Los teóricos de la democracia dejaron de lado la pregunta de quién legalmente forma parte del "pueblo" autorizado, pregunta que atraviesa a todas las teoría de la democracia y continuamente vivifica la práctica democrática. Determinar quién constituye el pueblo es un dilema inabordable e incluso imposible de responder democráticamente; no es una pregunta que el pueblo mismo pueda decidir procedimentalmente porque la propia premisa subvierte las premisas de su resolución. Esta paradoja del mandato popular revela que el pueblo para ser (...) mejor comprendido como una demanda política, como un proceso de subjetivación, surge y se desarrolla en distintos contextos democráticos. En Estados Unidos el disputado poder para hablar en beneficio del pueblo deriva de un excedente constitutivo heredado de la era revolucionaria, a partir del hecho de que desde la Revolución el pueblo ha sido por vez primera encarnado por la representación y como exceso de cualquier forma de representación. La autoridad posrevolucionaria del vox populi deriva de esa continuamente reiterada pero nunca realizada referencia a la soberanía del pueblo a partir de la representación, legitimidad a partir de la ley, espíritu a partir de la letra, la palabra a través de la palabra. Este ensayo examina la emergencia histórica de este exceso de democracia en el período revolucionario, y cómo este habilita a una subsecuente historia de "momentos constituyentes", momentos cuando subautorizados -radicales, entidades autocreadas-, se apoderan del manto de la autoridad, cambiando las reglas de la autoridad en ese proceso. Estos pequeños dramas de reclamos de autoridad política para hablar en nombre del pueblo son felices, aun cuando explícitamente rompan con los procedimientos o reglas estatuidas para representar la voz popular. -/- Momentos constituyentes: paradojas y poder popular en los Estados Unidos de América posrevolucionarios [traducción], Revista Argentina de Ciencia Política, N°15, EUDEBA, Buenos Aires, Octubre 2012, pp. 49-74. ISSN: 0329-3092. Introducción de “Constituent Moments: Enacting the People in Postrevolutionary America”, de Jason Frank [Ed.: Duke University Press Books, enero de 2010. ISBN-10: 0822346753; ISBN-13: 978-0822346753]. (shrink)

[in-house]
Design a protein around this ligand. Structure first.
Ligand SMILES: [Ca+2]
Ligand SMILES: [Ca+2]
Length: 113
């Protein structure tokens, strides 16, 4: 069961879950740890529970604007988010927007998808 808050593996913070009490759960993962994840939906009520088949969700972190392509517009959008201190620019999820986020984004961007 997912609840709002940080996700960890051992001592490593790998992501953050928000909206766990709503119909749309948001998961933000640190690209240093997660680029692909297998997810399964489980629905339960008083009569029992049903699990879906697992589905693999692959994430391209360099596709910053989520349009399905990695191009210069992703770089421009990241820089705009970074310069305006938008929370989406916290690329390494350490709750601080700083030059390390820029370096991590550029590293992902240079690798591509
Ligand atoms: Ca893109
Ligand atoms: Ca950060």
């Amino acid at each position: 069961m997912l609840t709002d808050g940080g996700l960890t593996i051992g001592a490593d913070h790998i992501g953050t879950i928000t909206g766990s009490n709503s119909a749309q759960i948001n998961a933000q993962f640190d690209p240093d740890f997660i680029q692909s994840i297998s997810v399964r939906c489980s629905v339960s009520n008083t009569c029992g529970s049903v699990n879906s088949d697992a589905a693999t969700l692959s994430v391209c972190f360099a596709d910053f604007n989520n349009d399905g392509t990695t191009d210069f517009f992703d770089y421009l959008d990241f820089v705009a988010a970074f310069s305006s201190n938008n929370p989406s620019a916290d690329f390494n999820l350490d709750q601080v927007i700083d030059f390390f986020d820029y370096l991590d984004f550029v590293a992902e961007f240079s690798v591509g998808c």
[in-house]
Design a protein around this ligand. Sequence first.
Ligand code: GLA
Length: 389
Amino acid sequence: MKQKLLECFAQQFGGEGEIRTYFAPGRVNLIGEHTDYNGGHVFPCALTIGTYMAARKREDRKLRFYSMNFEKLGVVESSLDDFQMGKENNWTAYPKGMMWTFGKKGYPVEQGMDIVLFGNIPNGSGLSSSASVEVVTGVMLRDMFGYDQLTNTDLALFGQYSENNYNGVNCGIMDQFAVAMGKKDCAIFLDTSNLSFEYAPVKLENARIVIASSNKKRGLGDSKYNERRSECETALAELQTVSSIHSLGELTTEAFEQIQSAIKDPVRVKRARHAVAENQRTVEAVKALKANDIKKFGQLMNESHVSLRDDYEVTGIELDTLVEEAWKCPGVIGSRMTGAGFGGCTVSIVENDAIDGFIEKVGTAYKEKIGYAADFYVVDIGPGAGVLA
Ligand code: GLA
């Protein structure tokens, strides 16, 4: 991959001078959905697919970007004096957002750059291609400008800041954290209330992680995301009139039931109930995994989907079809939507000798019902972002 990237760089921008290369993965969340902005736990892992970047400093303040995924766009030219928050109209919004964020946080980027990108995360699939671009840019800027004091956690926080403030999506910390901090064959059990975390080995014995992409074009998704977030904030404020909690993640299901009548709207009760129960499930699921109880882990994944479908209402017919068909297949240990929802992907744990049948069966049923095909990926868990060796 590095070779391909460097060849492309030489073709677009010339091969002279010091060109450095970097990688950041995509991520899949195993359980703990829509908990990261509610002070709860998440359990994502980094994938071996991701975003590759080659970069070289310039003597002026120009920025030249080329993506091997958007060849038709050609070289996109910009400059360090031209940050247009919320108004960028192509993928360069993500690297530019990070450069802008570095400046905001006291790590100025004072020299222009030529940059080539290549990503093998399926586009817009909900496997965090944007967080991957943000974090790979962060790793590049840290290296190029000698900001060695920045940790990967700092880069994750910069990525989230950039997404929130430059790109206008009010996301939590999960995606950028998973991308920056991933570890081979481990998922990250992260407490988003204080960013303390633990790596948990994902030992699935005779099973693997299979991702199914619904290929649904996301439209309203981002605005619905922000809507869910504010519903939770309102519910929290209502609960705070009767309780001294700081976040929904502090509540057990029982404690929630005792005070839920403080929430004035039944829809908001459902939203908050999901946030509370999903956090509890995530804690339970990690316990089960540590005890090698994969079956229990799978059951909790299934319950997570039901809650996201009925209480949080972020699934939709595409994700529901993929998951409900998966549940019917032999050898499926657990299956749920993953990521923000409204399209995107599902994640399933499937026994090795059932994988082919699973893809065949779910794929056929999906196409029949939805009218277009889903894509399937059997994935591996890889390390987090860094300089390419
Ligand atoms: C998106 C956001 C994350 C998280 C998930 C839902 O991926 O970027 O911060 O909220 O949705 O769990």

This essay considers Benjamin Rush's concern with the political organization of sympathy in post-Revolutionary America and how this concern shaped his response to the threat of post-Revolutionary “mobocracy.” Like many of his contemporaries, Rush worried about the contagious volatility of large public assemblies engendered by the Revolution. For Rush, regular gatherings of the people out of doors threatened to corrupt visions both of an orderly and emancipatory public sphere and of the virtuous and independent citizens required by republican government. Rush (...) feared that the unregulated communication of passion between bodies gathered in public might unleash what Michael Meranze has called an “anarchy of reciprocal imitations.” It was in eighteenth-century theories of sympathy that this idea of contagious mimesis was most rigorously developed and most widely disseminated. Rush's medico-political understanding of sympathy, acquired during his years as a medical student in Edinburgh, provides an important framework for understanding his post-Revolutionary reform efforts, particularly those focused on the spatial choreography of the American citizenry. (shrink)
Jason Stanley presents a startling and provocative claim about knowledge: that whether or not someone knows a proposition at a given time is in part determined by his or her practical interests, i.e. by how much is at stake for that person at that time. In defending this thesis, Stanley introduces readers to a number of strategies for resolving philosophical paradox, making the book essential not just for specialists in epistemology but for all philosophers interested in philosophical methodology. Since (...) a number of his strategies appeal to linguistic evidence, it will be of great interest to linguists as well. (shrink)